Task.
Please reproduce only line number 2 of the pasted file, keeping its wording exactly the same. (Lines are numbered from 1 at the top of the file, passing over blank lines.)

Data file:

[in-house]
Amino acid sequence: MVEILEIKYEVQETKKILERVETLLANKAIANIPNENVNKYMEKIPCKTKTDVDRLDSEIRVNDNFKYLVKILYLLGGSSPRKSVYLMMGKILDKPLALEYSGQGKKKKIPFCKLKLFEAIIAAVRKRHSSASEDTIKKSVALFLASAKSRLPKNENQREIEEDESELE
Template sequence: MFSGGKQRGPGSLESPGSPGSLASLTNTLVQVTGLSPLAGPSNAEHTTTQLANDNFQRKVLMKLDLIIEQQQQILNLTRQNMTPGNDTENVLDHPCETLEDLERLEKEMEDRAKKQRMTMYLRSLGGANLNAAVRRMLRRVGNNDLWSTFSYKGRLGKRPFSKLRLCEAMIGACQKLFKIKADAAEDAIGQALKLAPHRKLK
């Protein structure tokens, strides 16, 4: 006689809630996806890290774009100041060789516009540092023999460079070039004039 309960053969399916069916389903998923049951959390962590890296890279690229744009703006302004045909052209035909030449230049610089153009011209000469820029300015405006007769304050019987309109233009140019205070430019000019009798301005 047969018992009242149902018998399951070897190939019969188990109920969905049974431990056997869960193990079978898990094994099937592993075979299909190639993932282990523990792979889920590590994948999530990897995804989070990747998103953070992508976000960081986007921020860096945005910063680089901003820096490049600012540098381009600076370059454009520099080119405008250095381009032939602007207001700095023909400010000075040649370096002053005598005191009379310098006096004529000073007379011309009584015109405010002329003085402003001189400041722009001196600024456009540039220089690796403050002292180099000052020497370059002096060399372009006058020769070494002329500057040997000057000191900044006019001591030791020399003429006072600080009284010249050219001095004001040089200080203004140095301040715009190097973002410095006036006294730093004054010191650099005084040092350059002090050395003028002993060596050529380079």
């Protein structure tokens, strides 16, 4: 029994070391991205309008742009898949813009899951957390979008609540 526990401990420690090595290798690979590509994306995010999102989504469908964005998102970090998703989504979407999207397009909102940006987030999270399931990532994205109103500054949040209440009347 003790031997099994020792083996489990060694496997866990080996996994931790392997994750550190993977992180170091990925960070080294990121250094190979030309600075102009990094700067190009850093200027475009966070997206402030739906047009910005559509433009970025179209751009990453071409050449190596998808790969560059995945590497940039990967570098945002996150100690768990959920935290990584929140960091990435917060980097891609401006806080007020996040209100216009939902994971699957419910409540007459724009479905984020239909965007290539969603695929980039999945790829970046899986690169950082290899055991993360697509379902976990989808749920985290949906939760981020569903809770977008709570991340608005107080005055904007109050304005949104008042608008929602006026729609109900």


Amino acid sequence: MVEILEIKYEVQETKKILERVETLLANKAIANIPNENVNKYMEKIPCKTKTDVDRLDSEIRVNDNFKYLVKILYLLGGSSPRKSVYLMMGKILDKPLALEYSGQGKKKKIPFCKLKLFEAIIAAVRKRHSSASEDTIKKSVALFLASAKSRLPKNENQREIEEDESELE